Russian President Vladimir Putin has said his country remains undecided on whether or not to sign the Kyoto agreement on curbing greenhouse gas emissions.
Much of Russia's industry has been lost since communism collapsed
Opening a major international conference on climate change in Moscow, he said the government was still studying the protocol.
Russia's approval is vital for the 1997 pact to acquire the force of international law, after the United States pulled out two years ago.
Mr Putin had been urged to use the conference to confirm Russia's ratification and his comments have drawn protests from the United Nations, European Union and environmentalists.
To come into effect, the protocol requires the ratification of countries
representing at least 55% of the global total of carbon
With the US refusing to take part, all the other major industrial powers must ratify the agreement for the quota to be reached.
Despite an apparent assurance a year ago that it would do so, Russia has so far failed to ratify.
The environmentalist group Greenpeace warned that "[Mr Putin's] stalling could now derail the entire process".
UN Secretary General Kofi Annan urged Russia to immediately approve the agreement.
"I join people throughout the world in eagerly awaiting ratification by the Russian Federation, which will bring the protocol into force and further galvanise global action," he said, in a message to the conference.
The EU, which plans to limit emissions from its own industries from 2005, also reiterated its call for Russia to sign up.
Mr Putin was ambiguous about his views on Kyoto.
"[Critics of the pact] often say, half-jokingly and half-seriously, that Russia is a northern country and if temperatures get warmer by two or three degrees Celsius it's not that bad - we could spend less on warm coats and agricultural experts say that grain harvests would increase further," he told the conference.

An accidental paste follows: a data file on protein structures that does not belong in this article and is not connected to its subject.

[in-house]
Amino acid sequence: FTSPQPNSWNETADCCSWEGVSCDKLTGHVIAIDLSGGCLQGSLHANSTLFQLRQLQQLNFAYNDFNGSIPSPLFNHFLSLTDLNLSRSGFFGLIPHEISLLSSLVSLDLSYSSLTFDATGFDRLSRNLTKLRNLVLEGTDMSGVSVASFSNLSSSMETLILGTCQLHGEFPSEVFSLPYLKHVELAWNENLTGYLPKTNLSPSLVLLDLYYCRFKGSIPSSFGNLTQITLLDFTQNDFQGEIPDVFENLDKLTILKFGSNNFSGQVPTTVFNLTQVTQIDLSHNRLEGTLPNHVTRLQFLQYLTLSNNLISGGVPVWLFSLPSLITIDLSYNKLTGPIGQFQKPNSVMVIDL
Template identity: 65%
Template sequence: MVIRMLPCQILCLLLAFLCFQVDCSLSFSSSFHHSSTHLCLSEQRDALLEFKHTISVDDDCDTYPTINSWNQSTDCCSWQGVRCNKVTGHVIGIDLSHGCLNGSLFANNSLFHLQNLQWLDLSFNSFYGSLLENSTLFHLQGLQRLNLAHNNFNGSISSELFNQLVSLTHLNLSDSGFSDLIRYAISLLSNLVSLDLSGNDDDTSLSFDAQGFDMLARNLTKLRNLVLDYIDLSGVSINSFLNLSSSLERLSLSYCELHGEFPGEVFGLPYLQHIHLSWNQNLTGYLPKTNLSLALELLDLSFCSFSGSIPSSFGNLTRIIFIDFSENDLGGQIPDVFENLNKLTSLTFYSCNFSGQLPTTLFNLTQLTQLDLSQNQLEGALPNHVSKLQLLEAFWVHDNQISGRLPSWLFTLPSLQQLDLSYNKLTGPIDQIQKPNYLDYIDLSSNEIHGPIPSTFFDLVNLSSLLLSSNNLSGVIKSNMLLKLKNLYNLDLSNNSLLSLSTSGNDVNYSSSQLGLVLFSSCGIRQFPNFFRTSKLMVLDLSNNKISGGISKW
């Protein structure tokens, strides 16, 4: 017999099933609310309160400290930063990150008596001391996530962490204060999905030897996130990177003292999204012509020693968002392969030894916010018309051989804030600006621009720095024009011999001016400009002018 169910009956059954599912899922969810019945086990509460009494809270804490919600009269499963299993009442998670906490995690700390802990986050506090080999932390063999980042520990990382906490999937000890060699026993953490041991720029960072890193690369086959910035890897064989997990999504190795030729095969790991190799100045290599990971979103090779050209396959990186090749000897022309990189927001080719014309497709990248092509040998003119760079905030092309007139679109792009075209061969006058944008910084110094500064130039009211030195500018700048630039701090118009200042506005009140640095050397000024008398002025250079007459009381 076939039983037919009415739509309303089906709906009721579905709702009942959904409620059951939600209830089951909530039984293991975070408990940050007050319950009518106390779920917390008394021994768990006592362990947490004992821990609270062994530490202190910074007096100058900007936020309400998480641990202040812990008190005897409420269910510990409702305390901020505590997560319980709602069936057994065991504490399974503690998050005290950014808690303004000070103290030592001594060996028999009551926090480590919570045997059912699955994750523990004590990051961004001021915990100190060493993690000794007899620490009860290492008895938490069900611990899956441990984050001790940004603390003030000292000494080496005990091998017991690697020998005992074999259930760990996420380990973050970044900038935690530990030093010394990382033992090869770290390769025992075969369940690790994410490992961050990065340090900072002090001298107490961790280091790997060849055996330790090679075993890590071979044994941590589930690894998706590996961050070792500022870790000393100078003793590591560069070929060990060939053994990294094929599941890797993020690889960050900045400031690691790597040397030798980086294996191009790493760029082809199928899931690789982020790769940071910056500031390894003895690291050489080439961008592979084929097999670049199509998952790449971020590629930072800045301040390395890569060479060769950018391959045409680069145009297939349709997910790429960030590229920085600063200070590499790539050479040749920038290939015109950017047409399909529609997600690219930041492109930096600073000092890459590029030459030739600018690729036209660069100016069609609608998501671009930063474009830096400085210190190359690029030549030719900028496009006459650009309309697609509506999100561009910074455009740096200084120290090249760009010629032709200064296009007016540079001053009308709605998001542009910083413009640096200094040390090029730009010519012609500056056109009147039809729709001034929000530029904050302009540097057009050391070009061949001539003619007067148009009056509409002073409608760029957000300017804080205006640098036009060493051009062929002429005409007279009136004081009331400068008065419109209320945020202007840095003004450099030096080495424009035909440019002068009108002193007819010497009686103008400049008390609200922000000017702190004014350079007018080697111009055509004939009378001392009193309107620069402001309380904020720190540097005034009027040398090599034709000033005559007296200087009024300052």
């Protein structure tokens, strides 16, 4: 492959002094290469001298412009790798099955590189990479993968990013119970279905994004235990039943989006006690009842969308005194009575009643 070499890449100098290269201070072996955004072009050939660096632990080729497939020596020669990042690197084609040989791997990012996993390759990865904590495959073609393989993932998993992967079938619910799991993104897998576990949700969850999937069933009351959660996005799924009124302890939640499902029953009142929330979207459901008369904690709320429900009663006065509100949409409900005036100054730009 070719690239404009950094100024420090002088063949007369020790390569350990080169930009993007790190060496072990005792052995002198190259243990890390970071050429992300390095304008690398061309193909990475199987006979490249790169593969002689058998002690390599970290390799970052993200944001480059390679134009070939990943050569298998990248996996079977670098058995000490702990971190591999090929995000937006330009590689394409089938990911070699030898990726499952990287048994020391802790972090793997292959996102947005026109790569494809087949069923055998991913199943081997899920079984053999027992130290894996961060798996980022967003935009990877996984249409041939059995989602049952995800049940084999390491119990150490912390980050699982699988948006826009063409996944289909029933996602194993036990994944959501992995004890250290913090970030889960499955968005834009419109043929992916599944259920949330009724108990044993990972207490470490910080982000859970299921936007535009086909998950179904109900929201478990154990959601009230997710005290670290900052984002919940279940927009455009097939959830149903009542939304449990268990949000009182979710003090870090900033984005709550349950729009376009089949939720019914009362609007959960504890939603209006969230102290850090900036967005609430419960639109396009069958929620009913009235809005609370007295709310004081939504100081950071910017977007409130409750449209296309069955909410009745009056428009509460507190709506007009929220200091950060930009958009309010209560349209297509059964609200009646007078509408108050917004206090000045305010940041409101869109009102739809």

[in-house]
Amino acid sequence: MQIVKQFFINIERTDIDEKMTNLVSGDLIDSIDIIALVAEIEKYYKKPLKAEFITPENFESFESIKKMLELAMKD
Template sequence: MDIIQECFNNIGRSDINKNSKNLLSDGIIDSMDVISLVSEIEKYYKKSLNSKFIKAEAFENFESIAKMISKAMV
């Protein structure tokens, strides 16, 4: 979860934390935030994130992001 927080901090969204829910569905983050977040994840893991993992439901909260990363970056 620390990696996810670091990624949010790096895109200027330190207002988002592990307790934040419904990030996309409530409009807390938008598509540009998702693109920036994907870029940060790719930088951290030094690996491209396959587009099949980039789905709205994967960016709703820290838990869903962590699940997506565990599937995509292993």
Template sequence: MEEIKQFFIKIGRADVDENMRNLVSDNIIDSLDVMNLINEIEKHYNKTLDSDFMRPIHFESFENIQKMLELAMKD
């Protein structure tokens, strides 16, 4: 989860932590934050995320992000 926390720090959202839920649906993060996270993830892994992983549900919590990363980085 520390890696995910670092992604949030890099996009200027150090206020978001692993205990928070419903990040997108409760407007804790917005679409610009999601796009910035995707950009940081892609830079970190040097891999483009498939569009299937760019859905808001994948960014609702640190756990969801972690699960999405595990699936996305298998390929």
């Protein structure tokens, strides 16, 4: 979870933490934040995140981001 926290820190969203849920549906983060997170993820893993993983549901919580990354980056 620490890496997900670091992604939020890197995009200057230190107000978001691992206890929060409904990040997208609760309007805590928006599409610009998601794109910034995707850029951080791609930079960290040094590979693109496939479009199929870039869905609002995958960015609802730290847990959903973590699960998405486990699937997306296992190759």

"That may be so, but... we must also think what consequences we will face in certain regions where there will be droughts and where there will be floods," he added.
BBC environment correspondent Tim Hirsch says international observers are puzzled as to why Russia has such a problem with Kyoto since, on the face of it, the country has secured an extraordinarily good deal from the agreement.
Its target for the period 2008-12 is to keep emissions of carbon dioxide and other gases linked to climate change at the same level as in 1990, compared with an average cut of just over 5% for the industrialised world as a whole.
Climate change means wetter winters and drier summers for some
But since 1990 coincided with the collapse of traditional state-subsidised industry after the demise of the Soviet Union, emissions are already much lower than they were - not because factories are a lot cleaner, but simply because there are fewer of them.
Under the Kyoto system, this leaves Russia with "spare" pollution allowances which it can sell to other countries to help them fulfil their own targets.
This provides Russia with an opportunity to attract considerable foreign investment to renew its ageing energy system.
Many countries will still struggle to achieve the cuts to which they are pledged, so there is likely to be international demand for Russia's allowances.
Our correspondent says Russia's motives could be brinkmanship - waiting for the best possible financial deal; a response to quiet pressure from the Americans keen to see Kyoto collapse; or the result of in-fighting between various parts of the complex government machine.